Scots scientists in treatment hope for rare condition
Robert Gordon University in Aberdeen receives £100,000 donation to find a new way of treating cystinosis.
A man whose daughter suffers from a rare genetic condition has welcomed research into the development of a new treatment.
Roy Forsyth, whose daughter Lena was diagnosed with cystinosis at the age of seven months, said a £100,000 research gift "would make a great difference".
A team of researchers at Robert Gordon University (RGU) has been given the six-figure donation from a children's charity to find a new way of treating the condition.
Sparks, a leading children's medical research charity, has given the team, based at the university's School of Pharmacy and Life Sciences, £101,554 to develop a gel for the treatment of eye-related complications in patients with cystinosis.
Cystinosis is a rare disease primarily affecting children where the amino acid cystine accumulates in all body organs.
Unlike regularly functioning bodies where cystine is naturally broken down, cystinotic patients suffer from the formation of crystalised deposits which, if untreated, can lead to kidney failure by the age of 10, progressing to the liver and eyes, and death in the second decade of life.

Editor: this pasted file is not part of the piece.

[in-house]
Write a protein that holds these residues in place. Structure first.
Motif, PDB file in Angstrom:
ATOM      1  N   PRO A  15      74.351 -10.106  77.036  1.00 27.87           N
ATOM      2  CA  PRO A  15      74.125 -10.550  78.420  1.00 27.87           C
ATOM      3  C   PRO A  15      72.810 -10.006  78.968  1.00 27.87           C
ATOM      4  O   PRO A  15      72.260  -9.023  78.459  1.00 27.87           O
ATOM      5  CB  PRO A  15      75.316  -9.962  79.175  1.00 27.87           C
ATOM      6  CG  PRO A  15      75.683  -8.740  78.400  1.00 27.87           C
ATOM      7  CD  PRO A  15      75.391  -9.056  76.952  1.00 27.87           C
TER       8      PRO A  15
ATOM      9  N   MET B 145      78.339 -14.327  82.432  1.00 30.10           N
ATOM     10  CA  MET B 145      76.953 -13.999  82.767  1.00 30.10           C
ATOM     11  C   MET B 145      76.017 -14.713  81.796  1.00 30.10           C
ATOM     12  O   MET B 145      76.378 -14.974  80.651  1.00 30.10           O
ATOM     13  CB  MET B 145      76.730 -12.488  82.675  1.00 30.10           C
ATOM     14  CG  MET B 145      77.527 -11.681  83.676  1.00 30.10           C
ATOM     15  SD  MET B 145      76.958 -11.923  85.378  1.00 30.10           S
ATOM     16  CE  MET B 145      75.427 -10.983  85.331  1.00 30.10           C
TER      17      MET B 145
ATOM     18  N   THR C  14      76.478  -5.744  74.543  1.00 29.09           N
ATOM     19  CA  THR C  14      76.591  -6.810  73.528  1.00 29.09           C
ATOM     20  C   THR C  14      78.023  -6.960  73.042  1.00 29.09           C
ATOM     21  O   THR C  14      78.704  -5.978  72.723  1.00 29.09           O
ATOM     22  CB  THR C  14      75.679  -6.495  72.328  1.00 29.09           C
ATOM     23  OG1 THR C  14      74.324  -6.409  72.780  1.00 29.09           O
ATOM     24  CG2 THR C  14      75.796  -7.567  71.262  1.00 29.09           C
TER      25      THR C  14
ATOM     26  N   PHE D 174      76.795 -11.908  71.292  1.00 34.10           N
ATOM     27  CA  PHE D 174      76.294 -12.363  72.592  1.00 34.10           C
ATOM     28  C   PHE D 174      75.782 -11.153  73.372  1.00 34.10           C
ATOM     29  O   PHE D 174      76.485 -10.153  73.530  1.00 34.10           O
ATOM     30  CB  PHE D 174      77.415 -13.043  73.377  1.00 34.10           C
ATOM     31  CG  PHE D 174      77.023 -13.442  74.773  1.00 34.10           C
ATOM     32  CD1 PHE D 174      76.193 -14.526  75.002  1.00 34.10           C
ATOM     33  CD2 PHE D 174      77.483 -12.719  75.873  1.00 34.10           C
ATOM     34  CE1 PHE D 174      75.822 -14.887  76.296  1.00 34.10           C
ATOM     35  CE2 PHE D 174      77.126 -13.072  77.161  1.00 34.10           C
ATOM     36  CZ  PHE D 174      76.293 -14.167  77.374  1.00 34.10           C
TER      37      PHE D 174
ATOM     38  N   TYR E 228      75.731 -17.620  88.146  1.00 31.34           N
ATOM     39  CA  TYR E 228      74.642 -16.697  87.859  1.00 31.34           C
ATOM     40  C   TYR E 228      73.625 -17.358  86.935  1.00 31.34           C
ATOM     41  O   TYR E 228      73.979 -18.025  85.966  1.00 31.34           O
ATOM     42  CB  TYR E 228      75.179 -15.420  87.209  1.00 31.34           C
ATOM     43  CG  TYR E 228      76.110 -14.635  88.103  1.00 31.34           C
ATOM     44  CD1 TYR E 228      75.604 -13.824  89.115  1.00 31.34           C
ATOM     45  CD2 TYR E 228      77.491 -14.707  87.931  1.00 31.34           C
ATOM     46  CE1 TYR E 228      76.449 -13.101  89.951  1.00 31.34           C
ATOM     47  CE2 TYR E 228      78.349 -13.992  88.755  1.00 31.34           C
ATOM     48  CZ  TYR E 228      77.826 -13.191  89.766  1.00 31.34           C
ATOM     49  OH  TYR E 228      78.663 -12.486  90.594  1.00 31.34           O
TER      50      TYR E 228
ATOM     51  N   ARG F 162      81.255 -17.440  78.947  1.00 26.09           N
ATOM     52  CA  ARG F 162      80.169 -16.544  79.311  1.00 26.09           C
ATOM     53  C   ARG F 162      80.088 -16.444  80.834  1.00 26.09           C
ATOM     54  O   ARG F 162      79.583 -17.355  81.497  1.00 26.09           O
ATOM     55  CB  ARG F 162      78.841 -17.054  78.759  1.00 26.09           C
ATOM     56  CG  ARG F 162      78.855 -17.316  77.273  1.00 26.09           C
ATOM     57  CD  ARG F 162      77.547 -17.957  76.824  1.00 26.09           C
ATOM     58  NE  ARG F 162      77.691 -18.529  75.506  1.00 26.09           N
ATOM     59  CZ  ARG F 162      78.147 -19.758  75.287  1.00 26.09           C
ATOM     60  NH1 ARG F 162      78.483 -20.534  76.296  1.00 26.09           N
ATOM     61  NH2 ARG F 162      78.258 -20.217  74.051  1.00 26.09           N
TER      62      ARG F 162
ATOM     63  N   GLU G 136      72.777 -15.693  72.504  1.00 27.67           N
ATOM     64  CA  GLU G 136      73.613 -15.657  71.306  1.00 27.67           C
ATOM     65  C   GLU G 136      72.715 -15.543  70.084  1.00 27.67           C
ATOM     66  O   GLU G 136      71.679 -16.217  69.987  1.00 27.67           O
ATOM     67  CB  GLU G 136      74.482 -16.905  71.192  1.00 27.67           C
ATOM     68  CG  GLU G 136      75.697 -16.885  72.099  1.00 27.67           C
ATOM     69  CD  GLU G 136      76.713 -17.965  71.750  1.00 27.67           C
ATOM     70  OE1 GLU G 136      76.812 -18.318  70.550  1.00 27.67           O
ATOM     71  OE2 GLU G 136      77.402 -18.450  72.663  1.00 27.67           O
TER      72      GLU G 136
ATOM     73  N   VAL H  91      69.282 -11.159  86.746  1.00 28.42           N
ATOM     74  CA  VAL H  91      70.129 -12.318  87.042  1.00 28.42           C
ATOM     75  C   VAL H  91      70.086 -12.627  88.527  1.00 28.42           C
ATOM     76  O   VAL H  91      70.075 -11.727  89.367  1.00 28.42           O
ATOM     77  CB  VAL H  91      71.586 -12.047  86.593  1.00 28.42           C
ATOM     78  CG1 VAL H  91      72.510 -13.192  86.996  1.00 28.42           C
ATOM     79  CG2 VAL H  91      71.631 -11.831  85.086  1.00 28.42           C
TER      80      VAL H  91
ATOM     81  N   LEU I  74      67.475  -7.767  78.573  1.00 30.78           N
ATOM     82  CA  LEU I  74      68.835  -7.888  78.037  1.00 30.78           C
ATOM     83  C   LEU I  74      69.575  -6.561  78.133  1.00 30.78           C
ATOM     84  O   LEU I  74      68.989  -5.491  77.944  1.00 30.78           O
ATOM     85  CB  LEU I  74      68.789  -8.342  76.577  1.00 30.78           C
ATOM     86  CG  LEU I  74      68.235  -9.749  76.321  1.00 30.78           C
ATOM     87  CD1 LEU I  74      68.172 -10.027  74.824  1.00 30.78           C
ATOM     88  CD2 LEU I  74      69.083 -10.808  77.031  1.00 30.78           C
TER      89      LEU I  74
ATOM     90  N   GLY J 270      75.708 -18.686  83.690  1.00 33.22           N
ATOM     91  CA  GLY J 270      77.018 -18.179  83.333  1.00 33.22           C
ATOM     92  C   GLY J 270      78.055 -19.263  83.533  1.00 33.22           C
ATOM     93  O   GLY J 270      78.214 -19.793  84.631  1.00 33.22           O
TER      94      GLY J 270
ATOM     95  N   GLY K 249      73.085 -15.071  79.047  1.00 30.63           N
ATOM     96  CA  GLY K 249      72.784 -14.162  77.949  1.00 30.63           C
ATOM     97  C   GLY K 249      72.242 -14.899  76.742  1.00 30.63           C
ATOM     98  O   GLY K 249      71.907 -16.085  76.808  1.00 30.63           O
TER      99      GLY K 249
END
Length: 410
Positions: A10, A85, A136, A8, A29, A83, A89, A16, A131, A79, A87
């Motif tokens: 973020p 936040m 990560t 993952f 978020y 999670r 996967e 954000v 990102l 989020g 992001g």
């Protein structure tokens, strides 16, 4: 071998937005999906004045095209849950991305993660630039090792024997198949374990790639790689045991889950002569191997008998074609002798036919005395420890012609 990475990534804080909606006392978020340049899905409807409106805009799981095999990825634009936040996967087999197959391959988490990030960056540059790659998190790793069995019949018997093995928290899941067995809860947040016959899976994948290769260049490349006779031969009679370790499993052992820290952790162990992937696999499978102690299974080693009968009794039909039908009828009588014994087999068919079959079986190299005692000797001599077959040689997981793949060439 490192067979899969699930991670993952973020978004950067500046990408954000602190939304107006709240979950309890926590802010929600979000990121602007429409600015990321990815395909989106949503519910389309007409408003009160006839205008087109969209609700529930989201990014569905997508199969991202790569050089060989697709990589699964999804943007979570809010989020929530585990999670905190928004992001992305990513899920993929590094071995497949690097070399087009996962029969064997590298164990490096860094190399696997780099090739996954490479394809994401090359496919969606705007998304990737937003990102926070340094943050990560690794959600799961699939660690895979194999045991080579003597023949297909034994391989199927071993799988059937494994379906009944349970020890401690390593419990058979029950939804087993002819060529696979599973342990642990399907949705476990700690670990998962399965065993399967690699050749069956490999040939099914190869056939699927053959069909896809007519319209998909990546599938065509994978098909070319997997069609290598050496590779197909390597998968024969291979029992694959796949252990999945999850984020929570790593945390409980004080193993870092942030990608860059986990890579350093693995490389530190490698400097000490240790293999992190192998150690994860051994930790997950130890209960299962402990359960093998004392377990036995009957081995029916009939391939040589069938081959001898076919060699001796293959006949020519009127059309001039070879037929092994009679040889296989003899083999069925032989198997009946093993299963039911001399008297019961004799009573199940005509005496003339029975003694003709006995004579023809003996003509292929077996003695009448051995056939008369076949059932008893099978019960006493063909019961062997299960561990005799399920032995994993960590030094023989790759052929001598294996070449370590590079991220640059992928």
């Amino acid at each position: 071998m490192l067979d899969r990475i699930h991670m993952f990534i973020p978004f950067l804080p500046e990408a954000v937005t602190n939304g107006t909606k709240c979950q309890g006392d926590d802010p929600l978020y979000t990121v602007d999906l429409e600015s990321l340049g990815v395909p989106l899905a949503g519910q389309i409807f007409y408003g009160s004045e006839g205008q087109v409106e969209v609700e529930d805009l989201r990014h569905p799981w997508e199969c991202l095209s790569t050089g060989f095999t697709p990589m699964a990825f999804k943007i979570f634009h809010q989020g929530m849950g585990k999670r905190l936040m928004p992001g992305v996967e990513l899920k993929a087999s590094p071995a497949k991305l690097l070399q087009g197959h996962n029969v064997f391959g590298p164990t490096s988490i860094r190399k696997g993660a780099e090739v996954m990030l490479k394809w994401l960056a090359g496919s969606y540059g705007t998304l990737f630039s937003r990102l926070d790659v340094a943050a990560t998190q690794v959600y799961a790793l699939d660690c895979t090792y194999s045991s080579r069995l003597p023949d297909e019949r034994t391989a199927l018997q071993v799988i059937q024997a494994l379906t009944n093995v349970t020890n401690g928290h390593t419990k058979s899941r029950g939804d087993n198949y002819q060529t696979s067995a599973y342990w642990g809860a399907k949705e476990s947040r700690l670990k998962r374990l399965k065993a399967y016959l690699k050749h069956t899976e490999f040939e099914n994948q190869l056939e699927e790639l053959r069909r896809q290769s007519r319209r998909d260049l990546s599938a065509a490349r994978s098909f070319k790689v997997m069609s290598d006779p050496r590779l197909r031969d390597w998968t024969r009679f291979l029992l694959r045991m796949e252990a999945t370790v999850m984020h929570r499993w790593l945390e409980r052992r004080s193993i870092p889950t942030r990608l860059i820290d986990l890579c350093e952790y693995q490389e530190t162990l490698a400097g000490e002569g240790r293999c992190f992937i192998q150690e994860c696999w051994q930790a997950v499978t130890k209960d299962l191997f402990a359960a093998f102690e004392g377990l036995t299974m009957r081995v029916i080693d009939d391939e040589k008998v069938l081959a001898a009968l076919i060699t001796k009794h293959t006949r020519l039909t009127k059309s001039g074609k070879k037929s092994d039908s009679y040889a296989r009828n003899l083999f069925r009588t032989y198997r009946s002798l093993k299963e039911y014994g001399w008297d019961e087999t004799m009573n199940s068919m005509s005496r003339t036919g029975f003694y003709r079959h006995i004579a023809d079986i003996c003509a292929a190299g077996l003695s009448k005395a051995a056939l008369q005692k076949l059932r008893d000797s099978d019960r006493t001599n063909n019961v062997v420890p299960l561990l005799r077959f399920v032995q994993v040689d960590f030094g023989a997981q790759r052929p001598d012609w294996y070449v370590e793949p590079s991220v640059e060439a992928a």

Cystine in the eye makes patients severely sensitive to light and induces chronic eyelid spasms.
The current oral treatment for cystinosis - cysteamine, which lowers the levels of the amino acid - has no effect on the eyes. As such, patients must use eye-drops on an hourly basis to slow the accumulation of crystal deposits.
The team of researchers, which comprises Dr Graeme Kay, Professor Donald Cairns, Dr Rachel Knott and Dr Kerr Matthews, has worked collaboratively for more than five years studying cystinosis - which currently affects around 150 children in the UK - and formulating novel approaches to its treatment.
Mr Forsyth, chairperson of the Cystinosis Foundation UK, said his daughter, who is now 10, has shown "incredible positivity" in managing her condition.
The 39-year-old, from Mintlaw in Aberdeenshire, said: "We are delighted that Sparks have made such a significant donation to RGU for this work.
"Creating an eye gel that may only have to be used once a day will make a great difference to the lives of people and their families with this rare condition. We are always glad to support the high quality work carried out by the team at the university."